By S.L. Hansen
LINCOLN (SNR) - More than 1,000 people
crowded the pews and the aisles at the Cathedral of the Risen
Christ in Lincoln the evening of July 20 to hear a presentation
by Dr. Gianna Emanuela Molla, daughter of Saint Gianna Beretta
Dr. Molla came to Lincoln from her
home near Milan, Italy, primarily for the dedication of the new
apartment building that is part of Saint Gianna’s Women’s Homes,
an outreach project of Catholic Social Services (CSS). The
apartments are reserved for women who are at risk for abuse
and/or abortion, and their children.
After opening the event with prayer
and a litany to St. Gianna, Bishop Fabian W. Bruskewitz noted
how rare it is to be able to hear from and speak with the child
of a canonized saint.
"She, her brother and sister are the
first children ever to attend the canonization of their mother,"
Dr. Molla was introduced to the
audience by Dr. Thomas McKenna. Founder and president of the St.
Gianna Physician’s Guild, he was escorting her on her first U.S.
speaking tour. In addition to Lincoln, she spoke at a Priests
for Life Mass in Pennsylvania and gave talks in New Jersey,
California and Missouri. She also participated in a daylong
conference on end-of-life-issues in Kansas.
In Lincoln, Dr. Molla first gave
thanks for the gift of her own life. She acknowledged that she
owes her life to both God and her mother, who refused an
abortion when a painful but benign tumor was discovered during
"Life is the most sacred gift," Dr.
Molla said in a pronounced Italian accent. "We must always
honor, respect and defend it."
Her voice already straining under the
stress of daily speeches and many personal interactions with
faithful Catholics over the preceding days, Dr. Molla spoke
extensively about both her parents, her "saint mami" and her
beloved father, Pietro, who died on Holy Saturday last year.
"He was a wonderful dad," Dr. Molla
Emotionally, she revealed how much she
missed her father’s affection and how happy she was that she had
been able to care for him in the final seven years of his life.
She noted that her father made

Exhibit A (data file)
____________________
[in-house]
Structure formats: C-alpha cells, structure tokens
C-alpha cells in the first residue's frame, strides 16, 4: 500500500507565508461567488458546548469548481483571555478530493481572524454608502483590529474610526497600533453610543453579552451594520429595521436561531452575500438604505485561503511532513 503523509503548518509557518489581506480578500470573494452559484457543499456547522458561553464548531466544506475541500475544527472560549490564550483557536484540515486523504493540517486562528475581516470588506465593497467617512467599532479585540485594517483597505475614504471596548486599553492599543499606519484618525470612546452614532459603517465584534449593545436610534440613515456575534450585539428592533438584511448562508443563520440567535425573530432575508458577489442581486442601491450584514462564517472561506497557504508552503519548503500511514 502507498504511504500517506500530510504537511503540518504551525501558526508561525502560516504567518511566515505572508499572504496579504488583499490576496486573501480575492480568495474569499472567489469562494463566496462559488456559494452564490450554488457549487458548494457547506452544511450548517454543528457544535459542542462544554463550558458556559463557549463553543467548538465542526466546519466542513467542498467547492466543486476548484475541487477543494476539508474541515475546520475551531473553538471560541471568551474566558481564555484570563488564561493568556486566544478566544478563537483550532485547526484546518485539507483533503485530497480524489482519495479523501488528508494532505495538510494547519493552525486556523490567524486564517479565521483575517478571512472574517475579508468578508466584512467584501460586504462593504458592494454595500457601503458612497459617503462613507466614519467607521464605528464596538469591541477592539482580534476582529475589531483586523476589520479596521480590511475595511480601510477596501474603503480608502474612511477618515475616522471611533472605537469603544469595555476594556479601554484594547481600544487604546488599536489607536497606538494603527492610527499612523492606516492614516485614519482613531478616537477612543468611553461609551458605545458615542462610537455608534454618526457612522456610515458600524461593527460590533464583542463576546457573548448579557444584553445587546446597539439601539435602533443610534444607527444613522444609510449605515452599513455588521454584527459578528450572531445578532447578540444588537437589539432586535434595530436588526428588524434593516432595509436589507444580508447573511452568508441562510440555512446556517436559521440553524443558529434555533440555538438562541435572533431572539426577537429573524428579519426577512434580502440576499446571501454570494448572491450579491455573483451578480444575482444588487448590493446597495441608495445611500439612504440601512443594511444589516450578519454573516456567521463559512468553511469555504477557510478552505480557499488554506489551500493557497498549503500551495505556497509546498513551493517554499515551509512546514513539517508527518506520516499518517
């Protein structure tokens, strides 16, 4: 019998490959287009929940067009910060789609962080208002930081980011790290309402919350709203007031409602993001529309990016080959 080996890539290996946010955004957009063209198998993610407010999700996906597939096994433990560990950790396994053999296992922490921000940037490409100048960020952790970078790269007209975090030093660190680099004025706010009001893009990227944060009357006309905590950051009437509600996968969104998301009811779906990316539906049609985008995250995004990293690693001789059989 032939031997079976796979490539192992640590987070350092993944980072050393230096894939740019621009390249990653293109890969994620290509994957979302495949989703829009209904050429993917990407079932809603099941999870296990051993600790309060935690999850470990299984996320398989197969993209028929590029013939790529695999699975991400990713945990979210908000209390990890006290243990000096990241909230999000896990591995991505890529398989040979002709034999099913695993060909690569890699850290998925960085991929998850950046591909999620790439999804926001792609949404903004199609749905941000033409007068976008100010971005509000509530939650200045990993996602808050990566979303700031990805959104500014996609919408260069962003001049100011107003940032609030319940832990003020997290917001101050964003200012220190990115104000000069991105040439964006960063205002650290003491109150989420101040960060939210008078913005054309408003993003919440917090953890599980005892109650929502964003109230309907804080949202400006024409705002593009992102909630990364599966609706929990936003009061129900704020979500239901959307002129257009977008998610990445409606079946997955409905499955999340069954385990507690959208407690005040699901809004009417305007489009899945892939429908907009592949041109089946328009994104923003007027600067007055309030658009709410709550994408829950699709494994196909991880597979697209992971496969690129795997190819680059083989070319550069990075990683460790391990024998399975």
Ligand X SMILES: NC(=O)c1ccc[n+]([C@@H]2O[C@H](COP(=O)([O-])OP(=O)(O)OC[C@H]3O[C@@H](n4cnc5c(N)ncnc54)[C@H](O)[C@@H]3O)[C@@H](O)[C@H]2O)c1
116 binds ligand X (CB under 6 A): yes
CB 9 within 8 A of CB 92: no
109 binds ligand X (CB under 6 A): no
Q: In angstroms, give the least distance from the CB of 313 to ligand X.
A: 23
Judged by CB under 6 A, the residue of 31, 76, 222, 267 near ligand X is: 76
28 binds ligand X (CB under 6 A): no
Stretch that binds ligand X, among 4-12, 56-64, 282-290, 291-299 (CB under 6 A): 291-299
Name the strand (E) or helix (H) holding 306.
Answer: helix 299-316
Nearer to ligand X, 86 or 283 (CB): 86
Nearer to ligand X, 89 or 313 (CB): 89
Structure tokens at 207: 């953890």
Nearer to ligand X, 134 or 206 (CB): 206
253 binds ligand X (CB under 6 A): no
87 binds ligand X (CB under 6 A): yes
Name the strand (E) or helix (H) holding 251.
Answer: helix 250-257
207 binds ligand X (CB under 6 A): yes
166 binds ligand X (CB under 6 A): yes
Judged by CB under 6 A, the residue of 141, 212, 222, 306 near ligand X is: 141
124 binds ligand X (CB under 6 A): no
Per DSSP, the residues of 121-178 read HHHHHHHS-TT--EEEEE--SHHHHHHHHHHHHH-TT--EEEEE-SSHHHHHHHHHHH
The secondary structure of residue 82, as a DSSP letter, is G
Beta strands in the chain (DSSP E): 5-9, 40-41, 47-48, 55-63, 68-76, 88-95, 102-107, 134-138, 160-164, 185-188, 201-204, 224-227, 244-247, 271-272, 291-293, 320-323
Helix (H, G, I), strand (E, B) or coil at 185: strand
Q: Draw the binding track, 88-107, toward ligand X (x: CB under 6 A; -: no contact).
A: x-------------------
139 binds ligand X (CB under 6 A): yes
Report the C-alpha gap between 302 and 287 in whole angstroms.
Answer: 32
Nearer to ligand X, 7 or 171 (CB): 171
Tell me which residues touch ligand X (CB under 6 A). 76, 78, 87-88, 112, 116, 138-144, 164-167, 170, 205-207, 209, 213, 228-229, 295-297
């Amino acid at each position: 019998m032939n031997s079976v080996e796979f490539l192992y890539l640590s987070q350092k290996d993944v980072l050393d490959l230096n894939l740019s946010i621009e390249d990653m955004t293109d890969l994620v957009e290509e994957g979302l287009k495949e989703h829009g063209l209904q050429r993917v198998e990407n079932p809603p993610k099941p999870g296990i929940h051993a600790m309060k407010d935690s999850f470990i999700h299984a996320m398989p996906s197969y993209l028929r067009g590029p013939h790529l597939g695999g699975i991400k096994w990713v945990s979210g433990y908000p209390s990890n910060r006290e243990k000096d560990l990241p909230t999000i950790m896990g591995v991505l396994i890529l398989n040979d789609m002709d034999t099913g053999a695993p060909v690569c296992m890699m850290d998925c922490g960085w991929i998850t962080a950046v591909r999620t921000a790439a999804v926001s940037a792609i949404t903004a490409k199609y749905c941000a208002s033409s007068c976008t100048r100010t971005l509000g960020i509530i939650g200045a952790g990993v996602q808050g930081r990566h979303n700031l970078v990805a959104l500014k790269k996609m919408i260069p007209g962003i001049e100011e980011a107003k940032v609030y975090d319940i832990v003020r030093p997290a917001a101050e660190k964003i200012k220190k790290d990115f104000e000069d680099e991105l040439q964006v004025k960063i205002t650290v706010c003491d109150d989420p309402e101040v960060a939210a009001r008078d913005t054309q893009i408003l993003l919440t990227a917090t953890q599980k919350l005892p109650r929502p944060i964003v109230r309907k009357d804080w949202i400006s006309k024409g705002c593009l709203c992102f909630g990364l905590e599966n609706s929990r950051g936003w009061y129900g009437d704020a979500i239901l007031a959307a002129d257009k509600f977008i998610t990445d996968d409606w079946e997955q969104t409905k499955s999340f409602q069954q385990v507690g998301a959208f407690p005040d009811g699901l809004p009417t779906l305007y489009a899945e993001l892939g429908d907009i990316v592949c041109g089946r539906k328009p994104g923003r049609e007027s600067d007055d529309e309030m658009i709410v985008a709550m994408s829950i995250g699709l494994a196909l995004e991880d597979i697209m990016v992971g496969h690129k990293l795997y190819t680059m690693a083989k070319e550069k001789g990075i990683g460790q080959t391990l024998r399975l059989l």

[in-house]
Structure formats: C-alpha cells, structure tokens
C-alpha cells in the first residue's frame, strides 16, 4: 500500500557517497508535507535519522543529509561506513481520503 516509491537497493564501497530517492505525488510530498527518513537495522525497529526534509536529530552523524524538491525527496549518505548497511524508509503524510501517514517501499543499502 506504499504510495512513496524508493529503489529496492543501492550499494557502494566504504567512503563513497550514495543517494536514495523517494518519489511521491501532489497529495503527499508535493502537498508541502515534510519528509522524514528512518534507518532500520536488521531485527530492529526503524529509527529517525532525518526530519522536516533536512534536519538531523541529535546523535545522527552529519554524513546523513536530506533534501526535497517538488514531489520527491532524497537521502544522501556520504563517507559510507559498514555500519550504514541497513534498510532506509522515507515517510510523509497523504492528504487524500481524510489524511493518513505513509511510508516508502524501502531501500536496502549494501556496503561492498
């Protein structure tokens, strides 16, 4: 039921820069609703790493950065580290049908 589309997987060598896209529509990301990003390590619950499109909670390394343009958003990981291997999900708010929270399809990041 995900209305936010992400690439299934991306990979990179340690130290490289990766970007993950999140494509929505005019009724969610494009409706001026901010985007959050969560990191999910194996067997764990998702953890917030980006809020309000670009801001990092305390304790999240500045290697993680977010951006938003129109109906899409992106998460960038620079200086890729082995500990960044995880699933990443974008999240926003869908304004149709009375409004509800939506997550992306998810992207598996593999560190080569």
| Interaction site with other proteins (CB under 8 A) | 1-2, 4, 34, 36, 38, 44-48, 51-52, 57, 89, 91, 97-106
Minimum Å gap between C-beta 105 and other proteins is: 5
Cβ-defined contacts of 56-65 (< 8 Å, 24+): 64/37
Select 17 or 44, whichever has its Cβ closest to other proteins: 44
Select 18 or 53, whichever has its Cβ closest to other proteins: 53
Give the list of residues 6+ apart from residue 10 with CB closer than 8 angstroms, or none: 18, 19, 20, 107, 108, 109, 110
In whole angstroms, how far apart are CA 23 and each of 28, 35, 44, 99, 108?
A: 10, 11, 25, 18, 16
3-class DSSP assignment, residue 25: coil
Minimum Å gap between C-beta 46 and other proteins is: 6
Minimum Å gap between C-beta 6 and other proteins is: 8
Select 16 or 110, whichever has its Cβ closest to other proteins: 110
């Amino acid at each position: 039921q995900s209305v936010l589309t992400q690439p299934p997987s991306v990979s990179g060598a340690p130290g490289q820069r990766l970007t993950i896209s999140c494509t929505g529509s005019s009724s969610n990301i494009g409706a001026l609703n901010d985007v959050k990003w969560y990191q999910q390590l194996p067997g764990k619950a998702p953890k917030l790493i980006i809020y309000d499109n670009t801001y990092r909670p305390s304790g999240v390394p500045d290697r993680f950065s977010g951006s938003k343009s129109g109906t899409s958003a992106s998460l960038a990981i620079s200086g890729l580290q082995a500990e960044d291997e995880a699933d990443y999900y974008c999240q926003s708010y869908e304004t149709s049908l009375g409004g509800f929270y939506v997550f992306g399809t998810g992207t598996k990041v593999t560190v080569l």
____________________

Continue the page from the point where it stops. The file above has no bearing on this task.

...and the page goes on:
absolutely sure that Dr. Molla never felt as though she was the
cause of her mother’s untimely death at the age of 39. He wrote
a book for the young siblings so that they would always remember
their mother’s loving devotion to God.
"God loved my mother very much and my
mother every day responded to His love," Dr. Molla said.
Dr. Molla recounted Saint Gianna’s
last moments in 1962 vividly. Just a few hours after she was
born, she noted, her mother’s condition became quite grave.
Still, the saint’s faith in the Lord
remained steadfast. She repeated over and over, "Jesus, I love
you," as her body grew weaker from infection.
The lesson that Saint Gianna taught
her family about faith was evident in "her complete and loving
acceptance of His Divine Will, even though there was some sorrow
in leaving her loved ones," Dr. Molla said.
She then spoke of her father’s great
sorrow at losing his wife, and his concern that he would be able
to raise their children in faith, as Saint Gianna intended. Dr.
Molla quoted him extensively: "Life in itself is the first and
most important of God’s gifts…The human creature is scared
because of God’s presence."
After Dr. Molla’s speech and closing
remarks by Dr. McKenna and Father Christopher Kubat, director of
CSS, hundreds of faithful laypersons and religious stood in line
for more than 40 minutes to venerate relics of Saint Gianna.
The relics included a lock of her
hair, a pair of her gloves and a fetoscope, a wooden stethoscope
used to listen to the heartbeat of an unborn child. These were
on display before a framed portrait and relic of Saint Gianna
that is now on display at Saint Gianna’s Women’s Homes.
Meanwhile, Dr. Molla greeted throngs of visitors in Crowley
Hall. She posed for photos, admired babies and assured the many
well-wishers of her prayers for the intercession of her beloved